Libraries cope with staff cuts, sporadic closures
By Suzanne Roig
Advertiser Staff Writer
A hiring freeze and a 20 percent budget cut are the chief challenges facing the Hawai'i State Public Library in the economic downturn, and now the system is so lean that often there's not enough staff to keep a library open.
Almost weekly the library system sends out announcements of libraries cutting back hours because of staffing reductions. This comes at a time when the library is experiencing 10-year record-high circulation as residents cut back their own spending on things such as new book purchases and Internet access at home, State Librarian Richard Burns said.
"We are focusing on our core services," Burns said. "As we're forced to reduce hours, we have boosted our e-book purchase to provide an opportunity to access the library even when it's closed.
"If the hiring freeze was lifted, we'd still not have the funds to hire people. We are hoping for an economic recovery to solve those problems."
It isn't looking any better for next fiscal year, Burns said. The libraries' budget that was sent to lawmakers this year was 3 percent lower than the $25 million they're working with this year, he said.
"We were able to make most of the cuts with the furloughs and vacancy savings," he said. "The lack of staff will only get worse this coming year."
To offset the gloom, the library system is expanding its reach with electronic books and materials and forming even tighter bonds with its Friends of the Library group to fill in budget gaps.
Two campaigns — one run by the library system, called Keep Your Library Open, and the other by the friends group, called Keep the Doors Open — have raised $270,000. Launched in September, the amount is far short of the $3 million the groups had hoped to collect to offset the 20 percent budget cut ordered by the governor.
"We have to resort to extraordinary measures to keep the library open," said Byrde Cestare, Friends of the Public Library executive director. "There's a lot of needs we'd like to see met. Now we're back to a keeping the doors open kind of thing.
"It's gotten very dramatic."
The Hawai'i library system is no different than other systems across the country, Burns said. In other states they've closed branches completely, weeks at a time or scaled back hours. Hawai'i's answer is 12 furlough days through May and to tap into the funds raised in the two open door campaigns, he said.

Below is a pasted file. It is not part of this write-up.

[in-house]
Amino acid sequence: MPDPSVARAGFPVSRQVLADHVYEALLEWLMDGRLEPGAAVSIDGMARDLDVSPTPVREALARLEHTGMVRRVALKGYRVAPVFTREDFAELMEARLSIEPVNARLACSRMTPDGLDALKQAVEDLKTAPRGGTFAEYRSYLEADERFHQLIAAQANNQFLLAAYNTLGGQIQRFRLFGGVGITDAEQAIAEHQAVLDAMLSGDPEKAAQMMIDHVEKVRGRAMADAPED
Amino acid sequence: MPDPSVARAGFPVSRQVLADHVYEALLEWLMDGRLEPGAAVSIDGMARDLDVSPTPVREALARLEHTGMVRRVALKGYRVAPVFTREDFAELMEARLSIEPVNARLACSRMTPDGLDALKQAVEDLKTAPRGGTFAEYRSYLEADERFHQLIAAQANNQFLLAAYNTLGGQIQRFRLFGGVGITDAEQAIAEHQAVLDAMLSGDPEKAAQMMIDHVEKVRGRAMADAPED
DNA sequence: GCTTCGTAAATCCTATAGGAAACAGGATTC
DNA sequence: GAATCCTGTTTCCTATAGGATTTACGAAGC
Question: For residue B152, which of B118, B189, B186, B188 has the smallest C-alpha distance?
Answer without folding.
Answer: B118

In real terms, the cutbacks mean that library patrons like Ruby Fountain and her four children can't come to their favorite library, Kalihi-Pālama Public Library, as often as they would like.
The family — Fountain, her husband and their three daughters and a son — go to the library three or four times a week. Recently they were all there on a school furlough Friday. Their high-schooler did her homework. Their son looked at books. And their two younger daughters collected children's books to take. Fountain and her husband relaxed by going online or reading magazines.
But last week they tried to go on Wednesday, only to find the doors shuttered because of a staff furlough.
"We do everything here," Fountain said. "We rent DVDs, get cartoon books, go on the Internet and take out a dozen or so books at a time."
This is the new reality, said Brenda Freitas-Obregon, Kalihi-Pālama Public Library children's librarian.
The library, which is next to H-1 Freeway and just celebrated its 60th birthday last year, has had to make cutbacks in the past, but never like this.
In 2002 the library cut back to 40 hours a week after it had been a six-day operation. At that time it had seven people on staff. The library was able to restore six of those hours in 2006, but in January went down to a 38-hour workweek with two to three Wednesday furloughs thrown in this year, Freitas-Obregon said.
With five staffers now — one retired and the other was transferred to another library — and being open 46 hours a week, six days a week, no one could go on vacation or be sick without hindering the operation, Freitas-Obregon said.
"We never had a full staff to have five-days-a-week, six-days-a-week operation," she said. "We agonized over the decision and we decided to cut back the hours."
Now the library is open Monday through Friday.
"Most of our patrons walk here," Freitas-Obregon said. "We have a lot of children come after school and tutors meet here. Closing Saturdays did cause concern in the community, but most people do seem to understand."
Friends executive director Cestare said the Keep the Doors Open drive will be used to help fund reading programs, other special programs, continuing education for staffers and helping with book budgets.
"The need is increasing," Cestare said. "Even in good years we try to expand library services. We have a wish list of what we'd like to see at the libraries. Libraries are the place where people go to use the resources for free that they can't keep at home. It's tragic that the libraries can't be there for them."